Stand Up Or Sit Down????
drumsmasher Posts: 241
edited April 2008 in Training, fitness and health
Hi! I am new to road biking although i have been mountain biking for about 5 years. I have just bought a Giant TCR but i am trying to find out the best way to attack hills. I have tried sitting using higher cadence/lower gear spinning but found i get on better by standing and moving the bike side to side. I appreciate that this may not be the most energy effective way but it feels right. can anyone with greater knowledge than me, tell me which method is the correct one so i at least can start by practicing the right way. Thanks!
Another tree...another cracked rib!!
Short and steep - stand
Long and low gradient - sit (with odd periods of standing).
10m 20:21 2014
25m 53:18 20:13
50m 1:57:12 2013
100m Yeah right.
Both. Sometimes one, sometimes the other, sometimes switching between...
It'll depend on you (and may change with your fitness, weight, etc as time goes by).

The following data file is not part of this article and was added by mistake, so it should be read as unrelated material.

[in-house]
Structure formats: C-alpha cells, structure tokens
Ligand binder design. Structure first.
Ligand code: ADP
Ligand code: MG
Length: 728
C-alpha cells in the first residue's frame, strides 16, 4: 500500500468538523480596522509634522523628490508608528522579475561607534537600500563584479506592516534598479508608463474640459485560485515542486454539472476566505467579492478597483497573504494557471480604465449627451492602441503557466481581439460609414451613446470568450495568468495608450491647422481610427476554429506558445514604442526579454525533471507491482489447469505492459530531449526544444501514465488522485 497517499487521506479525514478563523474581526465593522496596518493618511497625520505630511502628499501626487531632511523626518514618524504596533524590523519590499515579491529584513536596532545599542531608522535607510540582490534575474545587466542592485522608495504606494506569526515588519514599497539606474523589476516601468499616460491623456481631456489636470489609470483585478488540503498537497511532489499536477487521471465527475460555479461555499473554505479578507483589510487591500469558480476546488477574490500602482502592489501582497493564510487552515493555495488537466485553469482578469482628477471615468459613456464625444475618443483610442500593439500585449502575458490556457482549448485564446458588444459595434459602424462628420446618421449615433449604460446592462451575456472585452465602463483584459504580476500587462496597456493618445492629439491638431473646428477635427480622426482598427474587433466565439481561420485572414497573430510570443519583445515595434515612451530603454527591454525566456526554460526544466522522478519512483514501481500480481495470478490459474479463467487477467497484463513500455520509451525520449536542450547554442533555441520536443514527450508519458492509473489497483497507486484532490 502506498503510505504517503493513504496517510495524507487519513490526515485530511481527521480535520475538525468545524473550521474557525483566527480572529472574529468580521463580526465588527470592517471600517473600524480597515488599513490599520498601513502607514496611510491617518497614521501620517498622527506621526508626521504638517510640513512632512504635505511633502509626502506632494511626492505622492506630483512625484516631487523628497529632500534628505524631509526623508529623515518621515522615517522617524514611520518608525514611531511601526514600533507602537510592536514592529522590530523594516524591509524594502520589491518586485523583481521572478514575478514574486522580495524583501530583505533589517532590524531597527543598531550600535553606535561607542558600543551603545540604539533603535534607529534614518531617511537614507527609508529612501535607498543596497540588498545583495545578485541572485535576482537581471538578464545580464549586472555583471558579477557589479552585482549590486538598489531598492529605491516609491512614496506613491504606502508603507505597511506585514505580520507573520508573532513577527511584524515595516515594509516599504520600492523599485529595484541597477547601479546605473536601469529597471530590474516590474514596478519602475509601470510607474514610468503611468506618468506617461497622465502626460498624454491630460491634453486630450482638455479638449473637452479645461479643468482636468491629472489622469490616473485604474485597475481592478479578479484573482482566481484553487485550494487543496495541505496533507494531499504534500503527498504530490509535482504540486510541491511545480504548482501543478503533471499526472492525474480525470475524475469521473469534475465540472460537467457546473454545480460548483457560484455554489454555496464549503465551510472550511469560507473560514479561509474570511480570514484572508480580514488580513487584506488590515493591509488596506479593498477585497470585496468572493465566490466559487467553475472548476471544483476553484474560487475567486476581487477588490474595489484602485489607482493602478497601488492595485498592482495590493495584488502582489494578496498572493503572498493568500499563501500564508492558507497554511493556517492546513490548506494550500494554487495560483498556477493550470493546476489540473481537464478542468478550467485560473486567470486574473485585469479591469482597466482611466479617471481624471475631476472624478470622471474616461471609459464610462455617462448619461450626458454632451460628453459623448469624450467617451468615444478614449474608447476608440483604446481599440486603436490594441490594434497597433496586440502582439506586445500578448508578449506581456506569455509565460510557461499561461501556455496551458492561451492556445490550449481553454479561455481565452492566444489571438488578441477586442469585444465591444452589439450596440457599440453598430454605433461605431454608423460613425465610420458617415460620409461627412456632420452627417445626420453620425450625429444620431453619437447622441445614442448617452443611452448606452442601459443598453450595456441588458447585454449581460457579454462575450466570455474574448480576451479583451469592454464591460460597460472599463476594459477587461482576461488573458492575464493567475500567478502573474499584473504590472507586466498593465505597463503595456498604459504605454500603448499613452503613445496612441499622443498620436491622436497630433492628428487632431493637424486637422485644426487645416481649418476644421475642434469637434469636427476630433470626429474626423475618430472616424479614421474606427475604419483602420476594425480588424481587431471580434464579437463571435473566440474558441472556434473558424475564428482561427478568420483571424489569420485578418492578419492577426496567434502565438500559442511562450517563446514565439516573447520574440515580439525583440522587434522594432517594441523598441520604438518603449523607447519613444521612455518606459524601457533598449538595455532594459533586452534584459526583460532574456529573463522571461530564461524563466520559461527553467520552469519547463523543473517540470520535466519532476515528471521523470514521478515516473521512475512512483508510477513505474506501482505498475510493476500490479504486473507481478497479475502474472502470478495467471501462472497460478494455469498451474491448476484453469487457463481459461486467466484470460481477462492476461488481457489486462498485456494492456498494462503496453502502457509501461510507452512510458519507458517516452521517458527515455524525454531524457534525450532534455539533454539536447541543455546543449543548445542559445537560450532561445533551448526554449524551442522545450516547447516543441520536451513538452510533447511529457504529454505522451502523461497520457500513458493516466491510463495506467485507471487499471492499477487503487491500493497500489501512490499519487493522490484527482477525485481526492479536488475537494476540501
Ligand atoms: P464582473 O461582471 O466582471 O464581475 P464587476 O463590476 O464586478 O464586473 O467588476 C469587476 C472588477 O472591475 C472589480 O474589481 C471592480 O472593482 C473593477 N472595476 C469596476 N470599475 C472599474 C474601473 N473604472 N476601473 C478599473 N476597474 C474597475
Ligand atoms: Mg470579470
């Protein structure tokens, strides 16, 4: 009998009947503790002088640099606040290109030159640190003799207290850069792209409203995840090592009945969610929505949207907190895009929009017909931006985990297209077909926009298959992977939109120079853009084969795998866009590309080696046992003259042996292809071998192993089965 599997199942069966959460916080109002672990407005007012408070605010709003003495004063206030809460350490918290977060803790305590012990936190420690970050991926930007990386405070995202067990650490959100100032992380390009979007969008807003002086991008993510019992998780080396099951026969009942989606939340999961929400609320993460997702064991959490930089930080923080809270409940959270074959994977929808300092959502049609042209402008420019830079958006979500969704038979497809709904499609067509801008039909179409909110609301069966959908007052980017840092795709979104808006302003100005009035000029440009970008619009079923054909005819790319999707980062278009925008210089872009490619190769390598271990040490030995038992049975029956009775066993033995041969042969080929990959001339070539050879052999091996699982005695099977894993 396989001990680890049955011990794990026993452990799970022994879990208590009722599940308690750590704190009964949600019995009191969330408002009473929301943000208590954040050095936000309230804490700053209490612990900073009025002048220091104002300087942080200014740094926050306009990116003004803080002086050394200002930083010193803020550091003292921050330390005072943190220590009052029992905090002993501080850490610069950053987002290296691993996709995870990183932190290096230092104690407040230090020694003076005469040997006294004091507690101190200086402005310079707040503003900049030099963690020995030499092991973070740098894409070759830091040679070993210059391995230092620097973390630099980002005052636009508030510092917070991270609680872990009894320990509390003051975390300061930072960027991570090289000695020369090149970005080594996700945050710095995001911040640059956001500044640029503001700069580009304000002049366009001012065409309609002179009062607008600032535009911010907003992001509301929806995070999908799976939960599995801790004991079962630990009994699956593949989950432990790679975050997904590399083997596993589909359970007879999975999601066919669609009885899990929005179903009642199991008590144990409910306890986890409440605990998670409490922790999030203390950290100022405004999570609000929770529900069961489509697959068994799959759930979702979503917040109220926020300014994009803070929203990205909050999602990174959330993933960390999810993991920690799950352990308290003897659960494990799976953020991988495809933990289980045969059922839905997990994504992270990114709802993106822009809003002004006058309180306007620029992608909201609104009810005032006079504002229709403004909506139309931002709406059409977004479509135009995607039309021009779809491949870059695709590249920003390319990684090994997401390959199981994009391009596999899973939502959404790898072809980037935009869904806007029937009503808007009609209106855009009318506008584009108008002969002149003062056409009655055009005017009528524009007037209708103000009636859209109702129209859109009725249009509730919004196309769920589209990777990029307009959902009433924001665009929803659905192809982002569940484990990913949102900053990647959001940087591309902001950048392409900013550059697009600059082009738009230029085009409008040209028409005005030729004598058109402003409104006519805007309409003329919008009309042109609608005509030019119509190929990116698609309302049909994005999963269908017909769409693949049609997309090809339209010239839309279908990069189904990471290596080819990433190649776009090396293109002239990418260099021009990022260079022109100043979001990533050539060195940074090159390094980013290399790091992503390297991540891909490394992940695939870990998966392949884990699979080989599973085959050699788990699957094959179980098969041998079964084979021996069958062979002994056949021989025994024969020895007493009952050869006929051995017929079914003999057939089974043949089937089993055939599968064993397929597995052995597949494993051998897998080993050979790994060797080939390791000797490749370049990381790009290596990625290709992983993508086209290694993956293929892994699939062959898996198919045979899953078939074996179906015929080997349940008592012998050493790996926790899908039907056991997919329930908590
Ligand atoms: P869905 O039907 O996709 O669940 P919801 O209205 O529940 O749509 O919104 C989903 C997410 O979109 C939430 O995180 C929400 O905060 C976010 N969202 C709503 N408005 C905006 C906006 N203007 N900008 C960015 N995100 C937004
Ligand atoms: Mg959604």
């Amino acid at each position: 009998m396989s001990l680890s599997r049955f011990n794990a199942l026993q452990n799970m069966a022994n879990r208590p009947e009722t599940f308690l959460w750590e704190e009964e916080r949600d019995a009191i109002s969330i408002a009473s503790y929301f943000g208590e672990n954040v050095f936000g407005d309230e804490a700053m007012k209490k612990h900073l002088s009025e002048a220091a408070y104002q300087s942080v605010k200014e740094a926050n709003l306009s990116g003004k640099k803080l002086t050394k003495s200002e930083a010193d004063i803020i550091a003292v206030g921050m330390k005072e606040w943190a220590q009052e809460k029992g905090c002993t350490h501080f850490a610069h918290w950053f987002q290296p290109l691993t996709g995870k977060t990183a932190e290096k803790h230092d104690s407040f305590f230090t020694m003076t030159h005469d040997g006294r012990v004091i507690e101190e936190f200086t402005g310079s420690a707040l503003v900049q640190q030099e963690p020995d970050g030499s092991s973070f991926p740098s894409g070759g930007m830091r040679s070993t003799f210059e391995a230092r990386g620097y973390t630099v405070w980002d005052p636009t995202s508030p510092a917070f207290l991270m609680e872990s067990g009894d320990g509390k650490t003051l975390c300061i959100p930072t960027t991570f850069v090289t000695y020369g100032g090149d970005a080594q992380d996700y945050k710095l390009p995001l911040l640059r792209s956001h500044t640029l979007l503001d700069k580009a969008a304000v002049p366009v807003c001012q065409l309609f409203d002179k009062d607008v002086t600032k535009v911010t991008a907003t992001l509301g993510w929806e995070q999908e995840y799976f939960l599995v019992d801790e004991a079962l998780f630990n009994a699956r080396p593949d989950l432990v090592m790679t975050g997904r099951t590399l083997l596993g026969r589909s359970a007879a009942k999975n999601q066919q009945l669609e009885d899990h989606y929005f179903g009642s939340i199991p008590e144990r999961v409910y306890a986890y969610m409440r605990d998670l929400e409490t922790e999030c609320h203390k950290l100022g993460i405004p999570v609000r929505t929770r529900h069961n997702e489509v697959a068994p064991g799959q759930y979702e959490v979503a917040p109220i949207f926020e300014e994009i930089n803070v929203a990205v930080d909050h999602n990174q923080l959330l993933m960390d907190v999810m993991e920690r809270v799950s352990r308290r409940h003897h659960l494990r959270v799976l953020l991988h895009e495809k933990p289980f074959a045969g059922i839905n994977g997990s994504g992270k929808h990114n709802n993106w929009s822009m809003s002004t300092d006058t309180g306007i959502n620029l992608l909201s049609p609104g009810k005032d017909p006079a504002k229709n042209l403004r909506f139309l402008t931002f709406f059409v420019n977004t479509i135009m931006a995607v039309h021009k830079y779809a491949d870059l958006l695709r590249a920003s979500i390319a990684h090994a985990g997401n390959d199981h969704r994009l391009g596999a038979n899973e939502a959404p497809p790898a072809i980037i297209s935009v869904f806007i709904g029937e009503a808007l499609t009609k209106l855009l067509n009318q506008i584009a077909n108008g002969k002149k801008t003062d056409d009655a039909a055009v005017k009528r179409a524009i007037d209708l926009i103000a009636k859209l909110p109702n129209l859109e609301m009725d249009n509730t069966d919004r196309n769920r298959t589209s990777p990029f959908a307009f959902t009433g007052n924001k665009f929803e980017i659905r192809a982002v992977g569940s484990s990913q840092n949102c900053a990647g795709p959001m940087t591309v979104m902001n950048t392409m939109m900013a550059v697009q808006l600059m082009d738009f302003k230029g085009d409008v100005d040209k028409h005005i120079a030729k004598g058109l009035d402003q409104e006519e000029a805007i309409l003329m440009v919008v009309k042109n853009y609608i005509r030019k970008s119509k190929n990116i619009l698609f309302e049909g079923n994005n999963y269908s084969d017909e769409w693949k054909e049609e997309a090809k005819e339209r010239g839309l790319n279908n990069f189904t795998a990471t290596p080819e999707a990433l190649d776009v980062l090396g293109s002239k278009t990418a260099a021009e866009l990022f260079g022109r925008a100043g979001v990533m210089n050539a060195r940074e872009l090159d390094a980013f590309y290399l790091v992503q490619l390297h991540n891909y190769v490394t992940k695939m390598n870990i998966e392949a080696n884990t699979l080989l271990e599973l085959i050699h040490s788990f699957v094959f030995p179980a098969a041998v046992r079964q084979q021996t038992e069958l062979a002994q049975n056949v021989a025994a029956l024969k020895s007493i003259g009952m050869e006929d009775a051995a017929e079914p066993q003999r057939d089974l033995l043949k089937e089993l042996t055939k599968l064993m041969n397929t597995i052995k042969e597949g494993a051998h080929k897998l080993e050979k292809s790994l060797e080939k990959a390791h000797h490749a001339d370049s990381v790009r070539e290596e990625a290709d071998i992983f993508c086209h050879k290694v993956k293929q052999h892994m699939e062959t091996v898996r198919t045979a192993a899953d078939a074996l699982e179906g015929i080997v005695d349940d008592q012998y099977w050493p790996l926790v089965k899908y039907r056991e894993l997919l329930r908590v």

And on the hill length & steepness (and slipperyness if wet, or if windy, etc).
And on your bike gearing
And on how far/fast you're riding.
Honking out of the saddle takes a huge amount more energy than staying seated.
If it gets really steep, you'll need the extra power and torque you can only get out of the saddle - but it'll cost in terms of energy and you'll tire your legs, strain your heartrate and lungs, so you have to limit it
You can hammer up a short hill out of the saddle - it'll cost you in terms of energy, but if you don't lose any momentum then you'll gain it back by not having to speed-up again at the top.
But you wouldn't (well, pros do in the Tour de France, but you and me couldn't !) ride all the way up an Alp out of the saddle, you'd do that seated because it's more efficient to pedal a steady cadence seated.
You might however switch-in bursts of out-of-saddle to relieve tired or stiff muscles rather than riding seated all the way up.
To further complicate matters I find there are two main types of stand up.
- One pretty much uses straightish passive arms taking a fair amount of body weight and transferring to front hub. Use this for longish sections of stand up climbing
- Other is the sharp hill attack where I consciously use my arms to assist legs. This adds power quickly but obviously is tiring.
In both cases I try to keep pedalling smoothly, applying smooth continuous effort and keeping bike upright, not moving from side to side as reckon latter will only increase rolling resistance and use more energy which isnt what you want to do.